As I indicate in my “Links to Investigate” list on the right, one of the few blogs I read regularly is written by Dr. PZ Myers. While I disagree with nearly everything he writes, I do think he provides an entertaining, “new atheist” perspective on science. Of course, if you dislike foul language, it is best to avoid his blog. Some people are adept at defending their point of view with reason and intelligence, while others specialize in crude insults. It is rather obvious which camp Dr. Myers is in.
Imagine my delight when I was doing my “light reading” this past weekend and found that a blog post of mine was the focus of one of his diatribes! The post is entitled, “Think, creationists, think,” and it is an attempt to discredit Mark Armitage’s excellent work of isolating soft cells from a dinosaur fossil. The problem, of course, is that Dr. Myers didn’t actually bother to read up on the issue, and as a result, he makes some rather silly statements.
For example, when discussing the carbon-14 found in Armitage’s Triceratops fossil, Dr. Myers claims that someone with a PhD in nuclear chemistry (like me) should know that the presence of carbon-14 in the fossil means nothing. After all,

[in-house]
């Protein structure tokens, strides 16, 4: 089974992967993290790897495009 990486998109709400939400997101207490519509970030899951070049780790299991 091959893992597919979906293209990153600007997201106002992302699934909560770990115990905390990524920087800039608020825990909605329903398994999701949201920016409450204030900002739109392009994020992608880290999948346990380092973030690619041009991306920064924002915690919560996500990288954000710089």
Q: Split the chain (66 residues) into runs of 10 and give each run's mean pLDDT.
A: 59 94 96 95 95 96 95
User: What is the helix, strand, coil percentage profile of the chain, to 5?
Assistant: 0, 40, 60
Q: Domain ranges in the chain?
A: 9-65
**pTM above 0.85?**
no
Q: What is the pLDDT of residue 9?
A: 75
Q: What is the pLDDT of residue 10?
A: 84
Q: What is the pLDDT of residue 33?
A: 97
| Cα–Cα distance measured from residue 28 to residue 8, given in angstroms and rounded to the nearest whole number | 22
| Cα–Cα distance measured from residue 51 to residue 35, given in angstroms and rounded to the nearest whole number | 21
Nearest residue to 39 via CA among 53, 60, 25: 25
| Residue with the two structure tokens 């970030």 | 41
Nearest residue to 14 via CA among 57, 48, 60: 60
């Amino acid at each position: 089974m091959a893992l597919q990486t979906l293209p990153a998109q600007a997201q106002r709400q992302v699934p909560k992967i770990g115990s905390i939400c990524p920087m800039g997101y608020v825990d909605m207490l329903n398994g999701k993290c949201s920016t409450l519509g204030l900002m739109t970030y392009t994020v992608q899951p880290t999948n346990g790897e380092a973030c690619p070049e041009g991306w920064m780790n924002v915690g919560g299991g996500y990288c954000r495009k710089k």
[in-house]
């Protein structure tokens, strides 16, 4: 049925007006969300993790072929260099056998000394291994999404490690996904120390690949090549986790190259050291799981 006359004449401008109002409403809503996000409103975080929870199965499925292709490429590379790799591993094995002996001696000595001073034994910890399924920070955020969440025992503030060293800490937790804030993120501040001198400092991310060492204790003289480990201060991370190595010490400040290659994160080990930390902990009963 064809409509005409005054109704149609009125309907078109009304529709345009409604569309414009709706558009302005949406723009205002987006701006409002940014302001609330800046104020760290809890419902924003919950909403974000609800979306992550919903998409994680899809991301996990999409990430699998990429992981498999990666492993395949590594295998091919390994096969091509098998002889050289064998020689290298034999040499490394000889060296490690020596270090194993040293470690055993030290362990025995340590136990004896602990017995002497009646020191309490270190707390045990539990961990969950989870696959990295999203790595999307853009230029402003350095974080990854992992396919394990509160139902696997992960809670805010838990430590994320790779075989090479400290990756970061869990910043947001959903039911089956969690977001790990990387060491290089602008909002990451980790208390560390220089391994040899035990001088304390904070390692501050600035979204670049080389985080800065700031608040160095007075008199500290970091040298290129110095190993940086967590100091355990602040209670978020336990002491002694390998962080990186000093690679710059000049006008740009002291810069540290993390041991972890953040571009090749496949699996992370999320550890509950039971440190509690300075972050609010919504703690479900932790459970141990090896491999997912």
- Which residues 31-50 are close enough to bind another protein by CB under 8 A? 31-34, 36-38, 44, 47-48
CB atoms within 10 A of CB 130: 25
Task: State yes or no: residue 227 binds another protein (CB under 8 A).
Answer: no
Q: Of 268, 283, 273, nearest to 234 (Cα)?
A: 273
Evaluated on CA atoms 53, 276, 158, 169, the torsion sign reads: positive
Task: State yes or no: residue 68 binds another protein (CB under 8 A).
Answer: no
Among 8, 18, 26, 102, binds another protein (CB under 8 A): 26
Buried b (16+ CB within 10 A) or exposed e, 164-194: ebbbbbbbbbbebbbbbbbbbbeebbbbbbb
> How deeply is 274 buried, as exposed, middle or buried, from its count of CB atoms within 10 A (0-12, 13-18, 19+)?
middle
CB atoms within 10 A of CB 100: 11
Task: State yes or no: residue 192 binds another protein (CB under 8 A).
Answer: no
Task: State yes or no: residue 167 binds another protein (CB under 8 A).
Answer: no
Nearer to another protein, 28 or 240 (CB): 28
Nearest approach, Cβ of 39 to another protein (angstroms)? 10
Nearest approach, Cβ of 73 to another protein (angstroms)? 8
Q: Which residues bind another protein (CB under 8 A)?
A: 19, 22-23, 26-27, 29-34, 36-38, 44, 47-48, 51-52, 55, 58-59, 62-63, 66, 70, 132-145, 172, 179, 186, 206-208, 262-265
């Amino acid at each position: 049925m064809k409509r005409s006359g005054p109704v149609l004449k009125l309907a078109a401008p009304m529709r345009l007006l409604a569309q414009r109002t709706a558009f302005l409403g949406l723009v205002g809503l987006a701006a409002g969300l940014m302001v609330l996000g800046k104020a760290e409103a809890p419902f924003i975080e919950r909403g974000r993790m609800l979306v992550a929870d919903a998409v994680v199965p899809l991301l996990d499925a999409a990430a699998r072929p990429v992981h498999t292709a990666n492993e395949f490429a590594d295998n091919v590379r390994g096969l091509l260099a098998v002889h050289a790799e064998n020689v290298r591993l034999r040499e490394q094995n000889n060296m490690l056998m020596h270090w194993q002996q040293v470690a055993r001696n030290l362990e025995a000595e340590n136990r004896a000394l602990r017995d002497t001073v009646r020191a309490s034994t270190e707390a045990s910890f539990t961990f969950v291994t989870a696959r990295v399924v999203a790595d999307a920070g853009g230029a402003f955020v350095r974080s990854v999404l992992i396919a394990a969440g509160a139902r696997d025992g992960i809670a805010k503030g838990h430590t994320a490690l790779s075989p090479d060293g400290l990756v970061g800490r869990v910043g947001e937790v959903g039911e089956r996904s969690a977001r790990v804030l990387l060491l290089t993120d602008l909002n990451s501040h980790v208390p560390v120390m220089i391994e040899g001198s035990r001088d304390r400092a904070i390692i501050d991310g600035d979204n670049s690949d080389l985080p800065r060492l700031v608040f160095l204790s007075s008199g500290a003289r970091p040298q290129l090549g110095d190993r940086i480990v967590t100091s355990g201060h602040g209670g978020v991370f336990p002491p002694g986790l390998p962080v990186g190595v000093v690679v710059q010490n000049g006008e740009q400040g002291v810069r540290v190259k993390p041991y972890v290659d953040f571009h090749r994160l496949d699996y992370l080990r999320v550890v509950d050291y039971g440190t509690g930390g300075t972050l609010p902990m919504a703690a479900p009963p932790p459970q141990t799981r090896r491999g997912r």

C14 dating uses the ratio of carbon isotopes; it can’t be used on material above about 50,000 years because the quantity of carbon-14 is too low to be reliable, not because it’s nonexistent. If the bone was really young, you wouldn’t just be reporting that there was some C14 in it, you’d be reporting an age derived from a ratio.
Well, had Dr. Myers bothered to click on the link given in my post, he would have seen that an age was reported: 41,010 ± 220 years. As I state in that link, this is well within the accepted range of carbon-14 dating, and it is younger than many other carbon-14 dates published in the literature. In addition, the process used to make the sample ready for dating has been spelled out in the peer-reviewed literature, and it is designed to free the sample of all contamination except for carbon that comes from the original fossil. Now as I said in my original post, it’s possible that the reading comes from contamination. However, I find that unlikely, given the process used on the sample, the cellular evidence that Armitage found, and the fact that such carbon-14 dates are common in all manner of fossils that are supposedly millions of years old or older.